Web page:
India is still hugely dependent on importing medical devices, with imports accounting for roughly 80 percent of all medical equipment in the country. According to the Association of Indian Medical Device Industry (AiMeD), imports of medical devices increased by 24 percent in 2019, roughly standing at INR 39000 crore. A bulk of these imports come from the United States, China, Germany, and Singapore, for higher-end equipment in cancer diagnostics, medical imaging, ultrasonic scans, and PCR technologies.
In the wake of the COVID-19 pandemic, where countries around the world are scrambling to pull themselves out of ICU rooms, it has become more apparent that India needs to boost investment in manufacturing high-quality, indigenous medical equipment and reduce dependence on foreign imports. Measures have already been put in place towards this, with initiatives such as Startup India and the Make in India plan by the Niti Aayog.
While a handful of Indian devices are being developed by innovative start-ups, a future reality where medical equipment is largely Indian-owned or Indian-made has a long way to go. India needs to heavily invest in creating a robust healthcare infrastructure that allows for information sharing, research and development, innovation & technology management and quality & safety control, that can develop medical equipment and technologies to meet the existing needs of healthcare facilities while tackling indigenous challenges related to pricing, hospital workflows, and doctor-patient needs.
Price, quality and after-sales service support are major factors in medical equipment purchase decisions. Even though imported equipment can be more costly to purchase and maintain, medical facilities still overlook these costs, as they are assured of high quality that can in-turn translate to optimum patient care. In order for our dependence on foreign imports to reduce, we need to develop Indian-manufactured alternatives that can offer the same quality as that of its foreign counterparts, at a reduced price.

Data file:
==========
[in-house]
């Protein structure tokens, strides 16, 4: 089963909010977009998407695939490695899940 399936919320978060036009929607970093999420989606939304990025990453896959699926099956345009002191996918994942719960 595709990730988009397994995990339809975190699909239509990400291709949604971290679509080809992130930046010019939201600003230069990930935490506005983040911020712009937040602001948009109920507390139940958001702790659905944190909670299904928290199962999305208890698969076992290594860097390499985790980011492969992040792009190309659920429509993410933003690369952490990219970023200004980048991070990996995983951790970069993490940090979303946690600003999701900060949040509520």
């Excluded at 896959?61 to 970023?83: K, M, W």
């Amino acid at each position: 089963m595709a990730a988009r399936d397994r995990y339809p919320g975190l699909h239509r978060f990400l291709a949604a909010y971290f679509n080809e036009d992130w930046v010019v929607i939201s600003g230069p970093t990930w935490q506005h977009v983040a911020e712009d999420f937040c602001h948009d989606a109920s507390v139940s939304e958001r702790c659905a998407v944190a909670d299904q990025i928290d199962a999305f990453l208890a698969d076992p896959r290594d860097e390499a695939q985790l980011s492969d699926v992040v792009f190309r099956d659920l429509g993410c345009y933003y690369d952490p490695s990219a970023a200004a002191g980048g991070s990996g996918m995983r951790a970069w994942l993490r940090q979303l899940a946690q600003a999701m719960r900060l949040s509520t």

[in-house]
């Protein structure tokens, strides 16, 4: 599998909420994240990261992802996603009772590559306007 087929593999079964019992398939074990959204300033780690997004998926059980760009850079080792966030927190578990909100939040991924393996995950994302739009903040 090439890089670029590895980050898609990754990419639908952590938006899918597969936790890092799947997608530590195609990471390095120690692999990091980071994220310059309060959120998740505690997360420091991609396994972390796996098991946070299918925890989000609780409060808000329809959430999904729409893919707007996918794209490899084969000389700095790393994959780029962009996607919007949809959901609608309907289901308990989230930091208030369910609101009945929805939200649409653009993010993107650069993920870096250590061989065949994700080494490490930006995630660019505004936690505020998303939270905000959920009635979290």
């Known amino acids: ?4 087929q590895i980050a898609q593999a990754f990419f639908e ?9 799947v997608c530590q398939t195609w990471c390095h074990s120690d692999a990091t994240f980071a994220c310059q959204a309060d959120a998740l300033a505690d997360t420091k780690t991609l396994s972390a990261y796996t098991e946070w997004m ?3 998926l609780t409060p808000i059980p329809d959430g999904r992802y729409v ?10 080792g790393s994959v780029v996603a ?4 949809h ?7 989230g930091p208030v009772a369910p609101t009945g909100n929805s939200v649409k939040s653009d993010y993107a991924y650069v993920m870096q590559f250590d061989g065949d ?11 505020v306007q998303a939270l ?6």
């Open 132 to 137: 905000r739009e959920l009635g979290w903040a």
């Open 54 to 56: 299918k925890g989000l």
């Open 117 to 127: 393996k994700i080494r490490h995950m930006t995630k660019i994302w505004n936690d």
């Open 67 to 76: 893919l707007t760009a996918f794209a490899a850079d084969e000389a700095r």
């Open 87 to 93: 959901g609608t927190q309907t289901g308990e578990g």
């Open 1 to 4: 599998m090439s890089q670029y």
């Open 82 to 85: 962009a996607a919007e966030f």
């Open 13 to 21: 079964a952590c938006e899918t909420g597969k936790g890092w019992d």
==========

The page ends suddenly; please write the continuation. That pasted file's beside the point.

Until very recently, the Indian regulatory framework for medical equipment left a lot to be desired, with only 15 “notified” categories such as syringes, needles, stents, and orthopedic implants being regulated, and the rest of the market is largely unregulated. This was recently amended on February 11, 2020, by the Ministry of Health and Family Welfare, after consultation with the Drugs Technical Advisory Board, which widened the list of devices that need to be registered, before they can be sold in the country.
Medical equipment from the US and Europe, have FDA and CE certifications that give the procurement team at hospitals, assurance that the equipment will be of high quality. We hope that this move to regulate all medical devices will be an incentive for hospitals to consider Indian-manufactured medical equipment without having to compromise on quality.
By developing a robust regulatory body for medical devices, India can also lay the foundation to export medical equipment to other countries, like we are currently doing in the pharmaceutical industry (Indian exports of pharmaceuticals were valued at 20.1 billion USD in 2019, accounting for around 20 percent of the global generic drug exports)
Recently as part of the COVID-19 economic relief plan, the Government has decided to not allow foreign companies to participate in tenders up to Rs 200 crore. This move is a great incentive for medical companies to bolster their manufacturing process in India.
While several challenges lay ahead for India, with adequate support from the Indian Government and expert insights from key stakeholders in the healthcare industry, we have a great opportunity to drive local manufacturing of medical equipment, in accordance with global standards.